This a quote form The Future of Management is Teal; a fascinating history of the evolution of human organizations from 10,000 years ago to the present day by Frederic Laloux in Strategy+Business.
This interview originally appeared in the SPEAKING.com Blog
Dr. John Kenagy is a well-respected physician, executive, academic researcher and lecturer with a unique view of healthcare. Forbes magazine featured Dr. Kenagy as “the man who would save healthcare.”
Success in 21st century healthcare requires more than excellence,
it requires an organization to succeed seeking value rather than volume.
SPEAKING.COM: What are some of the common characteristics shared by successful healthcare organizations?
KENAGY: Excellent care is obviously important, but Centers of Excellence (CoE’s) have been around for a long time – it’s a 90’s term and times have changed. Success in 21st century healthcare requires more than excellence, it requires an organization to succeed in seeking value rather than volume. They work differently than traditional CoE’s, therefore I call them Centers of Value and Excellence (CoVE’s). Characteristics of a successful healthcare CoVE’s include:
a. A clear, consistent, meaningful and patient-centric Value Proposition.
b. Flexible, responsive, interdisciplinary care teams with everyone working at the top of his or her license.
We commonly hear that “implementing Best Practices” is one of the solutions for creating new value in healthcare. I recently came across a social media exchange describing research that shows: ‘it takes an average of 17 years for discoveries about best practices to become part of everyday clinical care.”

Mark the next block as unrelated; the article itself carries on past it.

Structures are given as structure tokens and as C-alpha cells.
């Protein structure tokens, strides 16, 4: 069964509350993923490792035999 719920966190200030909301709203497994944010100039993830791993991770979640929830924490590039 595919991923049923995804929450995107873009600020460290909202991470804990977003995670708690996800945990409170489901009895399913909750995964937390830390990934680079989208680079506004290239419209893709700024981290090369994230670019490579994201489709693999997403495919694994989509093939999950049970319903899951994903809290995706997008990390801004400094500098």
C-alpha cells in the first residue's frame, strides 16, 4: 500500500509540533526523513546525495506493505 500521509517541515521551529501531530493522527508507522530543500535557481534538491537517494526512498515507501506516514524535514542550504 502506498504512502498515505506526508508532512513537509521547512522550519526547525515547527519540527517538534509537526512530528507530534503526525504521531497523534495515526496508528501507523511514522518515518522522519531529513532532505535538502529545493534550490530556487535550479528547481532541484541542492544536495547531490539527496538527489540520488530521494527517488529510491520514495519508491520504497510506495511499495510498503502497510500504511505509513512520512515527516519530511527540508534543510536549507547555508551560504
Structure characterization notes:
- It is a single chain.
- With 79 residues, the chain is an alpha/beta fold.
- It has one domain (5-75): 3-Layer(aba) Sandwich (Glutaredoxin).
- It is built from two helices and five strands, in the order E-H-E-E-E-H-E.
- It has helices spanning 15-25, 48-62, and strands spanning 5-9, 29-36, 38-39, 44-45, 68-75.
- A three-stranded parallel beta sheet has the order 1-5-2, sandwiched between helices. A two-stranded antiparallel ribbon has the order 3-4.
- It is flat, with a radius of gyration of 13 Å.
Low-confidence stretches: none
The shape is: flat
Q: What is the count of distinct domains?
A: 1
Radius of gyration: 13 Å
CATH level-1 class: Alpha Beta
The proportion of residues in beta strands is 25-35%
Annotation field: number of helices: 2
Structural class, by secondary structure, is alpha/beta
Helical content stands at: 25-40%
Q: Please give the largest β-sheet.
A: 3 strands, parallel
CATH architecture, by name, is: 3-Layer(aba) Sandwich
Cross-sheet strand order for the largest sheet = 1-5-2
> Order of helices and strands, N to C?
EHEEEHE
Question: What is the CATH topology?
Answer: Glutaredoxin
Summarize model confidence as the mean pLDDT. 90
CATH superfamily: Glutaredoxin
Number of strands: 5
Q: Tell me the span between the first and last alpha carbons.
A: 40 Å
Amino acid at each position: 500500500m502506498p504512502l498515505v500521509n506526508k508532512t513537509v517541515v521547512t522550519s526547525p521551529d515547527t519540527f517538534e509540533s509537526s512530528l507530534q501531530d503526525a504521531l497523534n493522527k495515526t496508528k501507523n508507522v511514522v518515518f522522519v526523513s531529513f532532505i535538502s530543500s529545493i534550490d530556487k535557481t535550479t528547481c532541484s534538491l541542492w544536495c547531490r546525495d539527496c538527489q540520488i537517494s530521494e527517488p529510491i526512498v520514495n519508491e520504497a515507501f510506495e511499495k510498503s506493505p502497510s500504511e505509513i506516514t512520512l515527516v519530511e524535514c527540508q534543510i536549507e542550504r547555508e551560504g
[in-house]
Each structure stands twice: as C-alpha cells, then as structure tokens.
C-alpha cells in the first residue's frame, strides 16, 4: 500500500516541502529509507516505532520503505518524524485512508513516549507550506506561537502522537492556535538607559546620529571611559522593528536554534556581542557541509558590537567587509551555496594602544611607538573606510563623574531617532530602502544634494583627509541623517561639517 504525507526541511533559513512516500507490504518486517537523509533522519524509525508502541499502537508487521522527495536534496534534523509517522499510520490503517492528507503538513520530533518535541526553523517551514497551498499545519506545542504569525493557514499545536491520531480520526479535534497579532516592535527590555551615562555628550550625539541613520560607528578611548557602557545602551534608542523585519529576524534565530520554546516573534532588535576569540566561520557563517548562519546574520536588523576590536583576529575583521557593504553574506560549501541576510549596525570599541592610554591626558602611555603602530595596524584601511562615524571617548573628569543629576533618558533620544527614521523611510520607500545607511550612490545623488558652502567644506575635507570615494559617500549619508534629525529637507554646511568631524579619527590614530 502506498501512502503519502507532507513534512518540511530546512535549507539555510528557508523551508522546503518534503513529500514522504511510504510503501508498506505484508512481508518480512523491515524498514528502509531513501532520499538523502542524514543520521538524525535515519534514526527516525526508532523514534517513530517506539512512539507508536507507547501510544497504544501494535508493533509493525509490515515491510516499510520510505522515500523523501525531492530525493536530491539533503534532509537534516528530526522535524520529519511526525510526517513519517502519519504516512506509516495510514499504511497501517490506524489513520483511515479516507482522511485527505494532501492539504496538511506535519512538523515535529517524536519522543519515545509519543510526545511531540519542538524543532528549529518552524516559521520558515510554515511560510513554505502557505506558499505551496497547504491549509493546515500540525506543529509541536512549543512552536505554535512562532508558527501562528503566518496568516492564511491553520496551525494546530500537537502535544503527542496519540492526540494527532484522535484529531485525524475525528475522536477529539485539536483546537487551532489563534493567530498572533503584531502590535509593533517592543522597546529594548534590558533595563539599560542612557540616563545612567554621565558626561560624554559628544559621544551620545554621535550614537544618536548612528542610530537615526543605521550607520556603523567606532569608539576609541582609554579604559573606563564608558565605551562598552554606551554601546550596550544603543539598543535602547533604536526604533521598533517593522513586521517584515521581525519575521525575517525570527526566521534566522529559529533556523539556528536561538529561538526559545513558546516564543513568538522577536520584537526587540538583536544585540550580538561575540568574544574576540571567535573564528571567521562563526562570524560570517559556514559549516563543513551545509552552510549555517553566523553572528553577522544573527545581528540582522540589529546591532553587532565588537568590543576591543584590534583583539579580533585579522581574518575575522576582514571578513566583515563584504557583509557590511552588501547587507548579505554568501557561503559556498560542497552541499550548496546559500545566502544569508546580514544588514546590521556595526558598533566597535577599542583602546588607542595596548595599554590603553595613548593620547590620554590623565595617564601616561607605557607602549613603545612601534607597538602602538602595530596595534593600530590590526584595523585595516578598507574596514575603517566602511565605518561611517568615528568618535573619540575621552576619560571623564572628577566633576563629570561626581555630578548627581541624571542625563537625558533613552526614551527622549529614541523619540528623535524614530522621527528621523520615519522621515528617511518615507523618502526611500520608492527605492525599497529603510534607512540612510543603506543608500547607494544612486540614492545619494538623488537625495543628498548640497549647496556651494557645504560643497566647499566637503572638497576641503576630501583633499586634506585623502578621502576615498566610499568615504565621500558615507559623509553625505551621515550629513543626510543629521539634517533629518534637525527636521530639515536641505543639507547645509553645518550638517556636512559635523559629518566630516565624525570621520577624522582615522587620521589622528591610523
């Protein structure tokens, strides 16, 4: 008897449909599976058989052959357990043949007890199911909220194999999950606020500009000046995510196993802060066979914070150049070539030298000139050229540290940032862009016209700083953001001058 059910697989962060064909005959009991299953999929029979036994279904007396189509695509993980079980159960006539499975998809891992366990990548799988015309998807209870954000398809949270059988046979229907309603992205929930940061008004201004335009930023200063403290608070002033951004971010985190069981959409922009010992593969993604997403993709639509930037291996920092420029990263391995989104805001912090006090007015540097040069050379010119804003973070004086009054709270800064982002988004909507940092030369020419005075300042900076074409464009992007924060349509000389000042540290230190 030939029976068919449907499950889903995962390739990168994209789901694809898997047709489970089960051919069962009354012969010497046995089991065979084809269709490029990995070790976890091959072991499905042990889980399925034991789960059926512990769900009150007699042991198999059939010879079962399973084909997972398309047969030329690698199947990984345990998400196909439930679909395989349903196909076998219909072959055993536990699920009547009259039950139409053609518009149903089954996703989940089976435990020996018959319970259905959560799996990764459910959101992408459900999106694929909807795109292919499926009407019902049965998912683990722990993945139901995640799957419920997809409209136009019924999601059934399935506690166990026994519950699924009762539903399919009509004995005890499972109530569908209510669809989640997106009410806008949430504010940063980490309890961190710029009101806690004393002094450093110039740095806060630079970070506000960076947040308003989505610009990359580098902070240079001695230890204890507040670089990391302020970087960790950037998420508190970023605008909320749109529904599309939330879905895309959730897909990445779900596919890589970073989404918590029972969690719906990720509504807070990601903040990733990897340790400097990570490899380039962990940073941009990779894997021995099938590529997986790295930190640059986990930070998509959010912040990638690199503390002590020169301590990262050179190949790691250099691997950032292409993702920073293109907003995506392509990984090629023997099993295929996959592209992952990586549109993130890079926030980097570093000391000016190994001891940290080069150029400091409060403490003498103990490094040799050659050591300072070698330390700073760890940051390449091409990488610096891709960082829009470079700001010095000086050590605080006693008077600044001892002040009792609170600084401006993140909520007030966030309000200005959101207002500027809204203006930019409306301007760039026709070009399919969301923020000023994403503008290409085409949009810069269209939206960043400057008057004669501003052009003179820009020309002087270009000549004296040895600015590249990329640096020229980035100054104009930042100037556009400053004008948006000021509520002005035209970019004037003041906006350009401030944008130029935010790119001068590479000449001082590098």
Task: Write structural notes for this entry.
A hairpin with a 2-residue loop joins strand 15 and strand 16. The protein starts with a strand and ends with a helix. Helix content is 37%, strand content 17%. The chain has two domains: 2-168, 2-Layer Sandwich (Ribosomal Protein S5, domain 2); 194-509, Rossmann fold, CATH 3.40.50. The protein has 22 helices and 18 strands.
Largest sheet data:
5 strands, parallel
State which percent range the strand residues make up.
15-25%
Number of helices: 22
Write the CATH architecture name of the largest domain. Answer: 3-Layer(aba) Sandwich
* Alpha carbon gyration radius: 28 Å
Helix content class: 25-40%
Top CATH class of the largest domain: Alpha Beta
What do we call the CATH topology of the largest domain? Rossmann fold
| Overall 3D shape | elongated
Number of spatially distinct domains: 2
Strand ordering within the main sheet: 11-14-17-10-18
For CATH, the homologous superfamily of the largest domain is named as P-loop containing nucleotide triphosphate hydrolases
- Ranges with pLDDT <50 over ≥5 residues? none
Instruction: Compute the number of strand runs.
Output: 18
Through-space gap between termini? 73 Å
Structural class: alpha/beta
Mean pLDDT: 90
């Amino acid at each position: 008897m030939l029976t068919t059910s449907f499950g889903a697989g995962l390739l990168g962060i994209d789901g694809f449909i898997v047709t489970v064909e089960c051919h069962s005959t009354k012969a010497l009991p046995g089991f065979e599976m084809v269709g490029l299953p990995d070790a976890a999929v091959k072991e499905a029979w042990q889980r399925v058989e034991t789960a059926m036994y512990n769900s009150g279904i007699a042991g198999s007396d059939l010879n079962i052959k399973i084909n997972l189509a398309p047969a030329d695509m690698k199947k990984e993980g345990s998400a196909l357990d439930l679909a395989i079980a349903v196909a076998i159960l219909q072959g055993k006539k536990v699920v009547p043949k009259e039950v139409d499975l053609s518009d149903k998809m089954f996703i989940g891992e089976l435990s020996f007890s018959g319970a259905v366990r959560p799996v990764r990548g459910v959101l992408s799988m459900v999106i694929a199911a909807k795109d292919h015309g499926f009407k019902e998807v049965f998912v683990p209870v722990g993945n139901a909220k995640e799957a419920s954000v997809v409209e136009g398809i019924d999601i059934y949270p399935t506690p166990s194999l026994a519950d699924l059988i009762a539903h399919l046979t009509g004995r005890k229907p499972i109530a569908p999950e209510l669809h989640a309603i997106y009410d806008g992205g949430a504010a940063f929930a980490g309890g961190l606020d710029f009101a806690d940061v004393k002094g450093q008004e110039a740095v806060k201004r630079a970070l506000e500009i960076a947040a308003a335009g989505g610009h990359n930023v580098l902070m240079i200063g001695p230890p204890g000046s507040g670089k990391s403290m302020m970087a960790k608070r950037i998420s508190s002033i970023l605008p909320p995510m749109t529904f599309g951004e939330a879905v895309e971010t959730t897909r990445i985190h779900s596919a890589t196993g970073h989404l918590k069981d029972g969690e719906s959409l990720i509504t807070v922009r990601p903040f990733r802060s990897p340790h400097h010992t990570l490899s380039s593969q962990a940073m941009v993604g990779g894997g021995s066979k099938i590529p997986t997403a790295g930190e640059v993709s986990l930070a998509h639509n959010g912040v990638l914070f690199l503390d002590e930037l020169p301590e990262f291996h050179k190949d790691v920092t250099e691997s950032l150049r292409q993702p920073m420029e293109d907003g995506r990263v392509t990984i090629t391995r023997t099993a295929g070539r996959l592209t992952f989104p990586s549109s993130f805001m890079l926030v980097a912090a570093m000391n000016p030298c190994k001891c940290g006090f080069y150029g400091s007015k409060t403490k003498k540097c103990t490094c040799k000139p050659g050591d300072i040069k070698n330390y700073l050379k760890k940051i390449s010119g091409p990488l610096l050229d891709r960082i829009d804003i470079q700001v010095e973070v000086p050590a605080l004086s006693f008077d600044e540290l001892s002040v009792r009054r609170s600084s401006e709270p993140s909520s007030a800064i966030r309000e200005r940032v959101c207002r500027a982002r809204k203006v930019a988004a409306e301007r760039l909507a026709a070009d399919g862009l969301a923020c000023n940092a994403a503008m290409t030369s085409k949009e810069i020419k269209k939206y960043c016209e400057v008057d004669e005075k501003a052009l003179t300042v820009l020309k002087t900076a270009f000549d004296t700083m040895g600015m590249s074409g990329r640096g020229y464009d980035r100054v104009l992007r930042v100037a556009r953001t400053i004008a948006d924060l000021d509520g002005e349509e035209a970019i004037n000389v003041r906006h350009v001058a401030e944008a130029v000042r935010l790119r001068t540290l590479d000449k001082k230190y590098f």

17 years?! Yes! It is a well-documented fact. Continue reading
I have used Adaptive Design in clinics & hospitals nationwide and always see the positive results & innovation that generates more and better care at continually lower cost. But it can be difficult to comprehend working adaptively because “you cannot know until you see; and you cannot see until you do.”
Interview & podcast were recorded by Dr. Larry McEvoy for The Physician Effectiveness Project through the Community Consult Podcast
How To Reduce the Cost of Harm and Impact the Bottom Line
Tuesday, February 3, 2015
Douglas Dotan, President and founding partner of CRG Medical, Inc.
Quang Ngo, MPH, PMP, TORCH Foundation President/CEO
Anngail Smith, MS, Vice President of Operations at CRG Medical, Inc.
John Kenagy, M.D., MPA, of Kenagy & Associates, creator of the Adaptive Design system
Description: On January 1, 2015 the Texas Department of State Health Services (DSHS) will require all hospitals and ambulatory surgery centers to submit to it reports of potentially preventable adverse events (PAEs). The Continue reading